nonsurgical measures meant to manage it — such as pain medications and creams, exercise, physical therapy, steroid or other injections, and bracing the joint — provide only brief relief, if at all. “By the time people get to a conversation about joint replacement, they have pain on a daily basis and it’s occupying a disproportionate part of their lives,” Smith explained. “It’s the kind of pain that leads them to become less active, whether athletically or socially, and can include everything from going grocery shopping to going to church, being able to prepare their own meals or even being able to walk outside.” “It basically narrows their lives and limits their movement,” he added. “A lot of people get to the point where mentally, the pain becomes such a big part of their lives they become unhappy.”


While many would say their joint pain is difficult and debilitating, surgery is often viewed as an absolute last resort. Here, Smith debunks the most common misconceptions.

Short-term discomfort from surgery beats a lifetime of debilitating pain.

For every person who says joint replacement is a miserable procedure, many more have said they’re glad they had it done, and the majority of their pain is now gone. We’re also able to better control patients’ pain before, during and after surgery with new medications and by using older medications a bit differently depending on the patient’s needs.

Recovery doesn’t take as long as it used to.

Improvements in surgical techniques and technology have reduced recovery time making it more efficient, predictable and generally less painful. This enables a more rapid return to function. Many patients are concerned they won’t get back to work in a prescribed amount of time, but national and international data show they usually return to their jobs within six weeks.

Most insurance covers it.

While insurance plans vary, joint replacement is one of the most established procedures in the United States, meaning reimbursement isn’t often a problem regardless of age.

Newer technology means longer lasting artificial joints.

As technology improves, joint durability continues to improve as well. An artificial joint probably has a life expectancy that matches the patient’s most of the time, and most who receive one will never need another.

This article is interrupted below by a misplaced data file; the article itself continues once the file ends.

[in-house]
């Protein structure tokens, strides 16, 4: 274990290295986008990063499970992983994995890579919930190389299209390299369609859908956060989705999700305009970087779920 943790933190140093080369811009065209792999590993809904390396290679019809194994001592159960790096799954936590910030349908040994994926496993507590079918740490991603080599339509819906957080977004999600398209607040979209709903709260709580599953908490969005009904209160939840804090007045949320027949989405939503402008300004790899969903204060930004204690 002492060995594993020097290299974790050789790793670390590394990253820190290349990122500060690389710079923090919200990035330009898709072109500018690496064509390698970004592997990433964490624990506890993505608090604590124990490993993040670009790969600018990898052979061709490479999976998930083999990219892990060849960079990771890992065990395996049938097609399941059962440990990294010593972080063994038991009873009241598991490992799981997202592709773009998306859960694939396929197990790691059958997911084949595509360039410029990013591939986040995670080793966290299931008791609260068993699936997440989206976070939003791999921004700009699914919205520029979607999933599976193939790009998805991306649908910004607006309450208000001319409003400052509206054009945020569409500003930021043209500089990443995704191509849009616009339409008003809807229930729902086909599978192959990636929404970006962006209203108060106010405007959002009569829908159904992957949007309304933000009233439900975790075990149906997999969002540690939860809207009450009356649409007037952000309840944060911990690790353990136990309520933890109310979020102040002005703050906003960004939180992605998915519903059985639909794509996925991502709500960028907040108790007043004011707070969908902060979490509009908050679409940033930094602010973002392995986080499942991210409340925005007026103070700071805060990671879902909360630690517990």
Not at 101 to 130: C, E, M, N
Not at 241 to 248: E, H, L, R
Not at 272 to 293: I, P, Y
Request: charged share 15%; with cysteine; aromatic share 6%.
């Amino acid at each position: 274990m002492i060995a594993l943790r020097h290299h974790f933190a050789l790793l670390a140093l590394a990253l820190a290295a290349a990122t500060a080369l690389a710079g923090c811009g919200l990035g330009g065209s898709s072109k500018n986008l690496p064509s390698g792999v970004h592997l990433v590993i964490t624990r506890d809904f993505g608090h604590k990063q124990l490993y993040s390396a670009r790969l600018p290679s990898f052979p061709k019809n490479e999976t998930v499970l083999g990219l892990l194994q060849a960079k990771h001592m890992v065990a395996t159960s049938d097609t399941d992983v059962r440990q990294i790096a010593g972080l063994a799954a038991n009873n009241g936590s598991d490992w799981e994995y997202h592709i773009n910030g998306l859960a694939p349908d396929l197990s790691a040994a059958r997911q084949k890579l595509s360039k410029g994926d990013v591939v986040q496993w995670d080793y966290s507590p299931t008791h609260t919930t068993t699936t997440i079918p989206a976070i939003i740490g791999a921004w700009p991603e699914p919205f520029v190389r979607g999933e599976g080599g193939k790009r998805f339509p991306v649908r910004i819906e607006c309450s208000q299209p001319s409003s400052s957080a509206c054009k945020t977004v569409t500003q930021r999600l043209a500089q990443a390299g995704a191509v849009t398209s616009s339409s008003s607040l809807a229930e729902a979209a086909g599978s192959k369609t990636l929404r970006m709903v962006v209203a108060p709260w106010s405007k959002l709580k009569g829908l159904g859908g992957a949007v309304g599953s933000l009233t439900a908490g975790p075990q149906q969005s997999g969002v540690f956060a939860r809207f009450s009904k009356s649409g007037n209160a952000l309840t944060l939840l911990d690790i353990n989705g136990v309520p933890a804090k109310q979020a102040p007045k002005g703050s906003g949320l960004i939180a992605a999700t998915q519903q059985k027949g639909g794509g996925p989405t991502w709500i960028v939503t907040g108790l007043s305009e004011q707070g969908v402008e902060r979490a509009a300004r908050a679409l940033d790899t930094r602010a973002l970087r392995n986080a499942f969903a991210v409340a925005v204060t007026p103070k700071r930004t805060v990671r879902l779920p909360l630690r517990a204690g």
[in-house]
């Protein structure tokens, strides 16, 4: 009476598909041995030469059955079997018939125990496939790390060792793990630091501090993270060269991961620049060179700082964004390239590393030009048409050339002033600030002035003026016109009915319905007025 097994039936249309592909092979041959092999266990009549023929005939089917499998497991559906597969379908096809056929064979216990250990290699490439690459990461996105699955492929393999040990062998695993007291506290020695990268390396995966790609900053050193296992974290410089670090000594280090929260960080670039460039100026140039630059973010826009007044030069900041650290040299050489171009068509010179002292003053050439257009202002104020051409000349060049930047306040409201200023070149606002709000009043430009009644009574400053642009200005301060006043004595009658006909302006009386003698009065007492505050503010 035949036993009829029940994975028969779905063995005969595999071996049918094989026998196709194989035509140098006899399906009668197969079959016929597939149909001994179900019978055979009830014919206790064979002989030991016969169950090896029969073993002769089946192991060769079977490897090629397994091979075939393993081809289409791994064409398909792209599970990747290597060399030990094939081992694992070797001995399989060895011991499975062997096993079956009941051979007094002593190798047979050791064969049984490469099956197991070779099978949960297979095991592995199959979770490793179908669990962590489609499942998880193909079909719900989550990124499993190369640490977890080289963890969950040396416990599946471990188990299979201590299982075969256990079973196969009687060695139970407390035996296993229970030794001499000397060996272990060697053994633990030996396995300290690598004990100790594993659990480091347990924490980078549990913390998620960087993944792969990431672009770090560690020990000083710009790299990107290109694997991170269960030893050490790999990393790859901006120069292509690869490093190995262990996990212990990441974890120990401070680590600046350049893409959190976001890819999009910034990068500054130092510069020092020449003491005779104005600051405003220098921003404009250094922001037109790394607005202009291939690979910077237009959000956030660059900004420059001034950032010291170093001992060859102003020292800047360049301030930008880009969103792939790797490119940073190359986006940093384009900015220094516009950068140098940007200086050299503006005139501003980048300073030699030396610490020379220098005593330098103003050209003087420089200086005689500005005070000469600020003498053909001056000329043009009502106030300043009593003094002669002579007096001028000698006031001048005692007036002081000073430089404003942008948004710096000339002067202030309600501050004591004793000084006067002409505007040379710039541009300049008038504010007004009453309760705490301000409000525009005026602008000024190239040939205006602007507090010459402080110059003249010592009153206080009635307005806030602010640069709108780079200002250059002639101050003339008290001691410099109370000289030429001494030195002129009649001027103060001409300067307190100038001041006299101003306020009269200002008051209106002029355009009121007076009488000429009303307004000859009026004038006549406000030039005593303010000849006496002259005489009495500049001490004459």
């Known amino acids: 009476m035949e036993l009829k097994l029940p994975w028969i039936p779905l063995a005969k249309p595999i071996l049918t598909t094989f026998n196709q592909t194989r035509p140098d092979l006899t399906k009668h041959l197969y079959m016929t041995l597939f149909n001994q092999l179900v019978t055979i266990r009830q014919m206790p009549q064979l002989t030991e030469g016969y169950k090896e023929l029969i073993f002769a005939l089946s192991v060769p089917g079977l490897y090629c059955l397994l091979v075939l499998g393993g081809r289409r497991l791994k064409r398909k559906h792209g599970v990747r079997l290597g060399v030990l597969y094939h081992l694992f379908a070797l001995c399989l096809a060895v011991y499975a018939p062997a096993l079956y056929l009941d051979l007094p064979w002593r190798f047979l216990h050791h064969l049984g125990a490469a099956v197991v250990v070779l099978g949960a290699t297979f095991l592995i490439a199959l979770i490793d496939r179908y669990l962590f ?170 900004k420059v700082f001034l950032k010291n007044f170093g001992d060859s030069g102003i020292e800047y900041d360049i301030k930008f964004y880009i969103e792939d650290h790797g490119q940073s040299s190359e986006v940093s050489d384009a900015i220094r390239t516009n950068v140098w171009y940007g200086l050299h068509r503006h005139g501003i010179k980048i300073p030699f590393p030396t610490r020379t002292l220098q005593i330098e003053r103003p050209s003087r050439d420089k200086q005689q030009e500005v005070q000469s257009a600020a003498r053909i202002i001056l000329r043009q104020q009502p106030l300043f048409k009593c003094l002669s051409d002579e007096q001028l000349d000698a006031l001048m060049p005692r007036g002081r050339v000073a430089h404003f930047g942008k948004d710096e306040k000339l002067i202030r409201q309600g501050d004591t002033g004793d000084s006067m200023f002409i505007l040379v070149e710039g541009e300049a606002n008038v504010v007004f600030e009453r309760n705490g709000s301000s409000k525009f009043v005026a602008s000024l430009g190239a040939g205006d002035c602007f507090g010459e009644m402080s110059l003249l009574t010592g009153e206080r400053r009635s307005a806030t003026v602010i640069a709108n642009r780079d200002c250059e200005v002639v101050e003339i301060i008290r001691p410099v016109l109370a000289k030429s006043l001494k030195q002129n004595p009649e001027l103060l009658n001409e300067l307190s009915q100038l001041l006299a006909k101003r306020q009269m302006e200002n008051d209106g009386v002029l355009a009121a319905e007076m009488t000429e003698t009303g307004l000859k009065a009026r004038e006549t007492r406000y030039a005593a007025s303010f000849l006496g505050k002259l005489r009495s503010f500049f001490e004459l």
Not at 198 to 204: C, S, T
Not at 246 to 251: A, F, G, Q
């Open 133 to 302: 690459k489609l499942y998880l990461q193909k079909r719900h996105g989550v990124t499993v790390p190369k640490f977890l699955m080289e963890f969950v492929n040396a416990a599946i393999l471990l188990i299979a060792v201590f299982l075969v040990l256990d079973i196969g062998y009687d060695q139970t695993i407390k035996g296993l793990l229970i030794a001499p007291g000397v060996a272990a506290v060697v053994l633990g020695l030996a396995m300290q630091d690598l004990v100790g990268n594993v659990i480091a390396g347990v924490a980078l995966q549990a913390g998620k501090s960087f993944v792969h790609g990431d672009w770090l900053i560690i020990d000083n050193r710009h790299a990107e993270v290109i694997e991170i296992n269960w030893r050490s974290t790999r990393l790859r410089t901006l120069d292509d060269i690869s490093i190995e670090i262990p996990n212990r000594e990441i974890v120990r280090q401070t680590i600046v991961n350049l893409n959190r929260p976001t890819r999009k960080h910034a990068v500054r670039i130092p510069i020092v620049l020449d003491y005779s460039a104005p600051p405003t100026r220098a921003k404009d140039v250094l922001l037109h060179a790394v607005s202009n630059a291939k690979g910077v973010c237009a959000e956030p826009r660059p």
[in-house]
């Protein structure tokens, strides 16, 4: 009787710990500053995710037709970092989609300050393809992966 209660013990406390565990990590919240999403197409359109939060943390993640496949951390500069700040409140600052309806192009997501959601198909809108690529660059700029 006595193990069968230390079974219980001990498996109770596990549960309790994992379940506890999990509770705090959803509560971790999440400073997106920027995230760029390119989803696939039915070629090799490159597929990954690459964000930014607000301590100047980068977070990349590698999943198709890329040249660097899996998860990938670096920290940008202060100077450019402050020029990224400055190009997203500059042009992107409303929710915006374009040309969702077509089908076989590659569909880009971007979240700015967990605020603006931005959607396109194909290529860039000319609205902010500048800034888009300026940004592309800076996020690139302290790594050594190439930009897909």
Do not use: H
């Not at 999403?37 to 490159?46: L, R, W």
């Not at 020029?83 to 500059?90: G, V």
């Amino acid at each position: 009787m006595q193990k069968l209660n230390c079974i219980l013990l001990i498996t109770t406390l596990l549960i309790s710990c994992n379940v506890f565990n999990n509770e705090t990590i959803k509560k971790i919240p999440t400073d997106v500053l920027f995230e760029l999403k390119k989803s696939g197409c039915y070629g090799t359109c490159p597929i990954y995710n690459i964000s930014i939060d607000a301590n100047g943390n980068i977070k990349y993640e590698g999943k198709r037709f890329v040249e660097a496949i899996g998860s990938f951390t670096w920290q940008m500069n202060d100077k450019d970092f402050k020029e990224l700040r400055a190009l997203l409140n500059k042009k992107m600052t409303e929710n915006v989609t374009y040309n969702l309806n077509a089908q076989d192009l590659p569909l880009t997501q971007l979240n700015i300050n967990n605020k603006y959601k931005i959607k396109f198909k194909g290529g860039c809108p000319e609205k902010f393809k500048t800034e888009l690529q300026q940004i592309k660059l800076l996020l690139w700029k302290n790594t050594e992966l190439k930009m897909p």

Regardless of what misconceptions may hold them back, most patients who need joint replacement typically reach the point where they’re ready to do it. “It’s not uncommon for a patient to be ready to commit to joint replacement within a year or so of an arthritis diagnosis,” Smith said. “There’s not necessarily a medical rush for this, a time frame where a patient’s outcome will be sacrificed as a result of waiting. However, the decision to proceed with joint replacement — sooner than later — will eliminate the pain and suffering of a prolonged waiting period. “I schedule a follow-up visit with every patient one year after joint replacement surgery, and during this visit, I commonly hear ‘I wish I had done this sooner.’”

Considering Joint Replacement Surgery? To schedule an appointment with one of our joint specialists at Houston Methodist West Hospital, visit or call 832.522.BONE (2663).




eing able to turn your head is not something you probably think much about — until you can’t do it or it causes pain. You may experience neck pain at some point in your life. Fortunately, it usually eases over time. However, lingering neck pain may signal a serious underlying health condition or stem Dr. G. Alexander from a previous untreated injury. “Knowing West when to seek medical care can prevent further complications and help you regain range of motion,” said Dr. G. Alexander West, a neurosurgeon at Houston Methodist Spine Center at West.